Putin and Russian officials have urged Germany to speed up its regulatory approval of Nord Stream 2, suggesting that it would provide a long-term solution to the country’s energy problems.

Meanwhile, on Russia’s eastern front, energy companies have moved quickly to meet China’s growing demands, supplying three times as much coal this year to the country as during 2020, according to Chinese customs data.

Smoke belches from a coal-fueled power station near Datong in China's northern Shanxi Province. (file photo)
Smoke belches from a coal-fueled power station near Datong in China's northern Shanxi Province. (file photo)

“The current two-front energy crisis presents a short-term window of opportunity for Moscow to push for the realization of its energy projects in Europe under sanctions and to strengthen its position as energy supplier to China,” Vita Spivak, an analyst at the consulting firm Control Risks, told RFE/RL. “While the current crises appear to be mostly the result of post-coronavirus economic development, energy shortages might present themselves in the future as the world is trying to embark upon the ‘green transition.’”

Moscow has pivoted to supply China’s evolving energy needs with oil and gas accounting for more than 60 percent of Russian exports to China, a trend that could continue as China weans itself off coal and relies more on gas.

The Power of Siberia pipeline launched in 2019 already provides gas to China, with plans for its output to increase in the future. A second pipeline, Power of Siberia 2, is also under discussion.

In the meantime, Russia continues to have its attention on coal.

Moscow announced it would temporarily halt coal shipments to Ukraine starting on November 1, saying that it was needed for domestic consumption, despite increasing its exports to other countries.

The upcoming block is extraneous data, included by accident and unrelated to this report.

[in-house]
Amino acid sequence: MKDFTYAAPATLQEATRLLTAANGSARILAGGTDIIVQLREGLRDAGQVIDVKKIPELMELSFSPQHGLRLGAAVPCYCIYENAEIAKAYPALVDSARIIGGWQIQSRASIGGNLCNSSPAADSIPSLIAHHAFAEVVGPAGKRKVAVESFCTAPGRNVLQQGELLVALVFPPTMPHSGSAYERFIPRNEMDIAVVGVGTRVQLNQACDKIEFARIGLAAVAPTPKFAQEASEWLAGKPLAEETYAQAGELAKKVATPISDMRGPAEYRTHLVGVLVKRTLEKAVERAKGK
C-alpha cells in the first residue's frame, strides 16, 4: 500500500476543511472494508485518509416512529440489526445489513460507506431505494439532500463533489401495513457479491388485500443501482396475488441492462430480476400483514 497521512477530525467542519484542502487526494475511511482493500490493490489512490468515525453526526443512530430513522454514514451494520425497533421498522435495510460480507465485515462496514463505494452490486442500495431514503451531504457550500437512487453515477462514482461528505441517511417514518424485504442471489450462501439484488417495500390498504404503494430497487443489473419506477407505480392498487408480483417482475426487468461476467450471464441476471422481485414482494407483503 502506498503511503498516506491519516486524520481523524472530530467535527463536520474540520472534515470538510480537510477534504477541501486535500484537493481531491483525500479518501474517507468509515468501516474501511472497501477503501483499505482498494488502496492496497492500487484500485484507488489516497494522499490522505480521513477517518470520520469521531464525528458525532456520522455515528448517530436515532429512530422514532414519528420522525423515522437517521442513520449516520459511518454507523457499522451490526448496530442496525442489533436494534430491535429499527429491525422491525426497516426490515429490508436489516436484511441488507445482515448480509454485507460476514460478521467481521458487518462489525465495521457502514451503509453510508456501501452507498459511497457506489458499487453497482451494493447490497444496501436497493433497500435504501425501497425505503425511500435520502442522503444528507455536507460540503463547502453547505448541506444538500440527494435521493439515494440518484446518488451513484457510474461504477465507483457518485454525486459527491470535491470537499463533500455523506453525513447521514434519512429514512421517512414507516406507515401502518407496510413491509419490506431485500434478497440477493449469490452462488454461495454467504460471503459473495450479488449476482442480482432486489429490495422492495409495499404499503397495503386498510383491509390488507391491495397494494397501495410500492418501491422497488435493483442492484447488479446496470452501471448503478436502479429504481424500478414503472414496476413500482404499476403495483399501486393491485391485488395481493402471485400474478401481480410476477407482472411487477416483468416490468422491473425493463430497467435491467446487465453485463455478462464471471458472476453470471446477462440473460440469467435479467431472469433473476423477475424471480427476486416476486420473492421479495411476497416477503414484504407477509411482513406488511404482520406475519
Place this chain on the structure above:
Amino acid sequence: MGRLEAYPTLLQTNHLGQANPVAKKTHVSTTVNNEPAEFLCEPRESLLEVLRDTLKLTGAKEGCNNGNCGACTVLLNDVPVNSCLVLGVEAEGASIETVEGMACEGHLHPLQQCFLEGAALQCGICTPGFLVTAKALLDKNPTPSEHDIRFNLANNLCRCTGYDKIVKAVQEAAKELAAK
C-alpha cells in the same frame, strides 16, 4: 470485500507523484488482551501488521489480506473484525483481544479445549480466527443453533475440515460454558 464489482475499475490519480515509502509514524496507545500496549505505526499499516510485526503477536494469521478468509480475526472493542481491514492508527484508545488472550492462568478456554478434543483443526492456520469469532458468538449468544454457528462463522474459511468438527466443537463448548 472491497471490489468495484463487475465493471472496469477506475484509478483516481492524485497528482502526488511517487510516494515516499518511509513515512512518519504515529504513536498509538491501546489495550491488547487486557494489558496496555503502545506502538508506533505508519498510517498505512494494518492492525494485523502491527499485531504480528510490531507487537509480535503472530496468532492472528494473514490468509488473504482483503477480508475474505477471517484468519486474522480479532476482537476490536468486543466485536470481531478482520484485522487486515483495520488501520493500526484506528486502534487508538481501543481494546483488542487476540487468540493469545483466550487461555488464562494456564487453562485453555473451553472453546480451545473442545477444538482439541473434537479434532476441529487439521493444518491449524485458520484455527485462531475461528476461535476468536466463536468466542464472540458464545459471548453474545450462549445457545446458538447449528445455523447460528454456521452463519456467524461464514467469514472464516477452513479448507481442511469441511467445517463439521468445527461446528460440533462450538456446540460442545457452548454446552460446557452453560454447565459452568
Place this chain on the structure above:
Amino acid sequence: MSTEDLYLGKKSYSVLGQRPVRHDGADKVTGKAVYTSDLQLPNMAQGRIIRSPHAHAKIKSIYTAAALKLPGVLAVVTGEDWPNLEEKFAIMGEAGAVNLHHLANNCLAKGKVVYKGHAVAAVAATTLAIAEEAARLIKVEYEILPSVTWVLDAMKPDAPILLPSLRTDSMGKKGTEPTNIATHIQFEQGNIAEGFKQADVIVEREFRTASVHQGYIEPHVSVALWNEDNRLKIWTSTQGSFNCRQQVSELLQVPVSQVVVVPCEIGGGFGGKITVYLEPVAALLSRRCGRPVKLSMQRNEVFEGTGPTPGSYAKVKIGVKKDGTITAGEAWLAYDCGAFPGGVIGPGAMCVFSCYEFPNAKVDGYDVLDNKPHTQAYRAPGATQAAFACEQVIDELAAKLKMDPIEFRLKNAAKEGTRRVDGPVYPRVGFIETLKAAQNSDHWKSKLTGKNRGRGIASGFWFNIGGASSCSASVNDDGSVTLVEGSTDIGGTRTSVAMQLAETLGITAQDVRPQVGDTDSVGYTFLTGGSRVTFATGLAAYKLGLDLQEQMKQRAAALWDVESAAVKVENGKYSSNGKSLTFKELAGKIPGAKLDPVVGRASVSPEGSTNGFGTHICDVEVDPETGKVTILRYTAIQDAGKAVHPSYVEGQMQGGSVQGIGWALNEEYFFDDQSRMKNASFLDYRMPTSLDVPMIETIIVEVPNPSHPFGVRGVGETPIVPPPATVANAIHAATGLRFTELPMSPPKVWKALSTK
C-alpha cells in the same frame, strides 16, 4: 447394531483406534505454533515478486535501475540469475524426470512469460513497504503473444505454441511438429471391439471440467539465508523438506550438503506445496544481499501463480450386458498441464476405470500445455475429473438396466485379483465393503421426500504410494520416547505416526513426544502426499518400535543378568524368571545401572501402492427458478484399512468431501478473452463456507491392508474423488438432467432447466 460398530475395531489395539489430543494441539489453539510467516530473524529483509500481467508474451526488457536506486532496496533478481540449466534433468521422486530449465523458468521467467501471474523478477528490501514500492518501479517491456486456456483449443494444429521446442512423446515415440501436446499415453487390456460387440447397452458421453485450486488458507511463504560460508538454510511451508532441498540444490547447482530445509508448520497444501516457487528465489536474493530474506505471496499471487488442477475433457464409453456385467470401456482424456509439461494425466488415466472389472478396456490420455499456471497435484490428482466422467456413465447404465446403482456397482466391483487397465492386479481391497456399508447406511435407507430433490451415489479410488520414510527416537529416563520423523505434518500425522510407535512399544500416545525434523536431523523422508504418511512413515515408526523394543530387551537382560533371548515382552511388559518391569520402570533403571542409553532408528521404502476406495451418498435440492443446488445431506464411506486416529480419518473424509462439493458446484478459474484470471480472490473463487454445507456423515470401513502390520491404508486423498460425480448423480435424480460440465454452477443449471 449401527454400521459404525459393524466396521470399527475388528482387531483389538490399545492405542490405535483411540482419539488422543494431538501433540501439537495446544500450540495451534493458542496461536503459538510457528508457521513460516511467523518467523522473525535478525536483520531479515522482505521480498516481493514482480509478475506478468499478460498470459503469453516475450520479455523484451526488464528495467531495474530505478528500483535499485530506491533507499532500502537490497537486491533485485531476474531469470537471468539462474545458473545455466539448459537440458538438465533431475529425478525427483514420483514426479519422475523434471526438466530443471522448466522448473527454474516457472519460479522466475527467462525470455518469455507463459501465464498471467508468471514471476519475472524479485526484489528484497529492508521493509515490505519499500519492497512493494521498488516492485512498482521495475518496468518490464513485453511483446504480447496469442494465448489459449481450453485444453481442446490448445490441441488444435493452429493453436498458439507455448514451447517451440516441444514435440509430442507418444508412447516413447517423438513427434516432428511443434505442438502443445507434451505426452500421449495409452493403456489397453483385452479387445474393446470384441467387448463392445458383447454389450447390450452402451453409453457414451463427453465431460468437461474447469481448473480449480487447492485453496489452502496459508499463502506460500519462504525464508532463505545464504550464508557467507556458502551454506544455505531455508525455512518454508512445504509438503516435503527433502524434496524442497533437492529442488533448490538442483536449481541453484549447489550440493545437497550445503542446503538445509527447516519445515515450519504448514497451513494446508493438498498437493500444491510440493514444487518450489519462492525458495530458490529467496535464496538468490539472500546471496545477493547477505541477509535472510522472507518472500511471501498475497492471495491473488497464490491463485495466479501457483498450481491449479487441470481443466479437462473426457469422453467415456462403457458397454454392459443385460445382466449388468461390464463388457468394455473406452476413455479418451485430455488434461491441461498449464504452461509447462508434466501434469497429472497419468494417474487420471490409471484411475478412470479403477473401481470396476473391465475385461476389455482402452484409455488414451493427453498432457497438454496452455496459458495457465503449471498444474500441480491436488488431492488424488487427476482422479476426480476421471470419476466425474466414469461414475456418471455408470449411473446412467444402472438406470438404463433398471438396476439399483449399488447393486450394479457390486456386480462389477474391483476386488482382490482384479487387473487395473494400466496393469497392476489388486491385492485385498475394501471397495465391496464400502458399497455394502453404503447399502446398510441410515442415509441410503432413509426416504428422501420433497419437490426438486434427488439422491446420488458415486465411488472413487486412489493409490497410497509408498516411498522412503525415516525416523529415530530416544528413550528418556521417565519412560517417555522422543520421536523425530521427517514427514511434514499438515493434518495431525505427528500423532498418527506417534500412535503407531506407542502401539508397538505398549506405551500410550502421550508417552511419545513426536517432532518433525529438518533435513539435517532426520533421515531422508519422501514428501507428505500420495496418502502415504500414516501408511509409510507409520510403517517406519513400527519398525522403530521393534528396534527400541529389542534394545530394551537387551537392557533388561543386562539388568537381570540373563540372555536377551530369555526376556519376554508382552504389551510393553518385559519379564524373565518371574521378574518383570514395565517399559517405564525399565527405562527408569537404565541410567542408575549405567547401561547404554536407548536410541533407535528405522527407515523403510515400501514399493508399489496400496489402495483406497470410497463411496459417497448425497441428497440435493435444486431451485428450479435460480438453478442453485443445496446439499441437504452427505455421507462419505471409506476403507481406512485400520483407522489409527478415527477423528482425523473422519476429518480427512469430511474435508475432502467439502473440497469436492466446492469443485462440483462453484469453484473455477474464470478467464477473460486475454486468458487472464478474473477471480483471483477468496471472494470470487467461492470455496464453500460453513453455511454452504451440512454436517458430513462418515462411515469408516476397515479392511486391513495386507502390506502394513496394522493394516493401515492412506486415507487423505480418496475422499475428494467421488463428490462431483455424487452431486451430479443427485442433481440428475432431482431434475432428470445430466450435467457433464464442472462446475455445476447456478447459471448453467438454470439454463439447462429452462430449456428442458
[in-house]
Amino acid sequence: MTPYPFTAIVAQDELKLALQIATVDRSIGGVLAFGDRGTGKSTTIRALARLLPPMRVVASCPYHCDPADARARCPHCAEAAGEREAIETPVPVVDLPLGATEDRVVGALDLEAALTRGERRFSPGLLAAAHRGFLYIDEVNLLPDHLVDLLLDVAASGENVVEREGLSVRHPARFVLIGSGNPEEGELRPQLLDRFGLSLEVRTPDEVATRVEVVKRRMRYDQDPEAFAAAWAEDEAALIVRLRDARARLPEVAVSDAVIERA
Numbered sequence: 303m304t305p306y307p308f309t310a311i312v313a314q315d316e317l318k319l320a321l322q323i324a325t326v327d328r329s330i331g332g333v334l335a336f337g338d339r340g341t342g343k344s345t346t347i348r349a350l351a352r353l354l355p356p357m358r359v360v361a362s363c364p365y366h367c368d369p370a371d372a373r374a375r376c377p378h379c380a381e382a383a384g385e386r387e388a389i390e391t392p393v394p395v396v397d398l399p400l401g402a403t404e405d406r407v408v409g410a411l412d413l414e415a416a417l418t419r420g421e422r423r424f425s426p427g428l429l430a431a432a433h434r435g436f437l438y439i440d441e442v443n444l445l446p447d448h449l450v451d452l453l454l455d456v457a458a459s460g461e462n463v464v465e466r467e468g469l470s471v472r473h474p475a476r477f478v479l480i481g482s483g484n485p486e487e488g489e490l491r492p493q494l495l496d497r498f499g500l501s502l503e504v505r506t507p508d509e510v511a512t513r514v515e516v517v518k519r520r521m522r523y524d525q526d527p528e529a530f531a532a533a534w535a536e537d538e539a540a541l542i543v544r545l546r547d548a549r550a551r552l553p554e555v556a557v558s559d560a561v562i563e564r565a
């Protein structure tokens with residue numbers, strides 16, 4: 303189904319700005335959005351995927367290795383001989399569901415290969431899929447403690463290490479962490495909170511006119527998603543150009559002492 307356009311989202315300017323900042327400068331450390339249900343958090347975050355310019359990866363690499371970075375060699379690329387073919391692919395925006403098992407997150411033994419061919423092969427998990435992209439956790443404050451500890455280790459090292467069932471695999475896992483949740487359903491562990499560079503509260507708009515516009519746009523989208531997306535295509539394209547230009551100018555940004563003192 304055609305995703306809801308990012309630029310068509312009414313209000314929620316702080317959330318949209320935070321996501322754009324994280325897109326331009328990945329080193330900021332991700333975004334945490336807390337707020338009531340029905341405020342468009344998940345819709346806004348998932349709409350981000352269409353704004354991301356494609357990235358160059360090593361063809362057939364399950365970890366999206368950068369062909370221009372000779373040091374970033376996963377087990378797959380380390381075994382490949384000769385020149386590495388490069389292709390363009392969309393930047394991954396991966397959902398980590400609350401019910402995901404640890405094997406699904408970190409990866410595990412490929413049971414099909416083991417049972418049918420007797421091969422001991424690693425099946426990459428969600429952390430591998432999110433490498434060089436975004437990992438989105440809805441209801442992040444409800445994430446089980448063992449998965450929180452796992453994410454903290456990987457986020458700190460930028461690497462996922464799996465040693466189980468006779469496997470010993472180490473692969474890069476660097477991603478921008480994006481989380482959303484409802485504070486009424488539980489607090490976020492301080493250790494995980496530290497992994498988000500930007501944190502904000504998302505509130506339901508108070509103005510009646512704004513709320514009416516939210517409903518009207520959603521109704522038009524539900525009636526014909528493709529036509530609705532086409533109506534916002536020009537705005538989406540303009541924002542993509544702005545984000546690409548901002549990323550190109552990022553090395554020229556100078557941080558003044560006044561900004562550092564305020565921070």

Further down the line, Russia is also looking at how to ramp up its coal supplies to China and is currently investing $10 billion into railroad infrastructure in its Far East in order to meet future Chinese needs before the country progresses on its transition to alternative energy sources.

“In order to leverage its position, Moscow has to ensure the relevant energy export infrastructure is in place, which presents a challenge within this window of opportunity,” said Spivak. “Moscow realizes that the window of opportunity to sell its hydrocarbons to Europe and China is limited.”

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    Reid Standish

    Reid Standish is an RFE/RL correspondent in Prague and author of the China In Eurasia briefing. He focuses on Chinese foreign policy in Eastern Europe and Central Asia and has reported extensively about China's Belt and Road Initiative and Beijing’s internment camps in Xinjiang. Prior to joining RFE/RL, Reid was an editor at Foreign Policy magazine and its Moscow correspondent. He has also written for The Atlantic and The Washington Post.